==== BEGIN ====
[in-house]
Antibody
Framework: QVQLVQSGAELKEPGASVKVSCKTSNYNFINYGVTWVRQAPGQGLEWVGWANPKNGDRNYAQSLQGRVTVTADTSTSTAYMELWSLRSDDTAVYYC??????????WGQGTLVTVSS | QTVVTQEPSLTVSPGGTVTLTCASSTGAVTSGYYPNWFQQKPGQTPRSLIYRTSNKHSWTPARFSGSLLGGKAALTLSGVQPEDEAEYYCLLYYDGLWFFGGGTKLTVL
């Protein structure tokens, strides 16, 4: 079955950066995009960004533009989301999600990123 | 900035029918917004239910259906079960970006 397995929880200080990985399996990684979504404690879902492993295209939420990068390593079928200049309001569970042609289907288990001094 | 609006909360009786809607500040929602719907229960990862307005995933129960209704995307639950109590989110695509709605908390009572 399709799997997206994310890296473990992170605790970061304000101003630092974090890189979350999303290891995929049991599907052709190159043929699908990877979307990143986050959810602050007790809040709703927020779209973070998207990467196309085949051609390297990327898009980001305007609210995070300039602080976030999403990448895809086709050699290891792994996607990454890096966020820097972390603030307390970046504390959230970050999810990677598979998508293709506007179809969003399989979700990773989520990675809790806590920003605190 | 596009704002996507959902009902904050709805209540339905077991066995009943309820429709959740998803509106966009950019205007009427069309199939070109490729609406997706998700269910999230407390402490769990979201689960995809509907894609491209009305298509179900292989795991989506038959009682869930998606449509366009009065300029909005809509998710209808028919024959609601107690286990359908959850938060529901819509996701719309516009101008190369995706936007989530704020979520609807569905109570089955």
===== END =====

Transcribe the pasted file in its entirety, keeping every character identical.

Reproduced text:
[in-house]
Antibody
Framework: QVQLVQSGAELKEPGASVKVSCKTSNYNFINYGVTWVRQAPGQGLEWVGWANPKNGDRNYAQSLQGRVTVTADTSTSTAYMELWSLRSDDTAVYYC??????????WGQGTLVTVSS | QTVVTQEPSLTVSPGGTVTLTCASSTGAVTSGYYPNWFQQKPGQTPRSLIYRTSNKHSWTPARFSGSLLGGKAALTLSGVQPEDEAEYYCLLYYDGLWFFGGGTKLTVL
């Protein structure tokens, strides 16, 4: 079955950066995009960004533009989301999600990123 | 900035029918917004239910259906079960970006 397995929880200080990985399996990684979504404690879902492993295209939420990068390593079928200049309001569970042609289907288990001094 | 609006909360009786809607500040929602719907229960990862307005995933129960209704995307639950109590989110695509709605908390009572 399709799997997206994310890296473990992170605790970061304000101003630092974090890189979350999303290891995929049991599907052709190159043929699908990877979307990143986050959810602050007790809040709703927020779209973070998207990467196309085949051609390297990327898009980001305007609210995070300039602080976030999403990448895809086709050699290891792994996607990454890096966020820097972390603030307390970046504390959230970050999810990677598979998508293709506007179809969003399989979700990773989520990675809790806590920003605190 | 596009704002996507959902009902904050709805209540339905077991066995009943309820429709959740998803509106966009950019205007009427069309199939070109490729609406997706998700269910999230407390402490769990979201689960995809509907894609491209009305298509179900292989795991989506038959009682869930998606449509366009009065300029909005809509998710209808028919024959609601107690286990359908959850938060529901819509996701719309516009101008190369995706936007989530704020979520609807569905109570089955």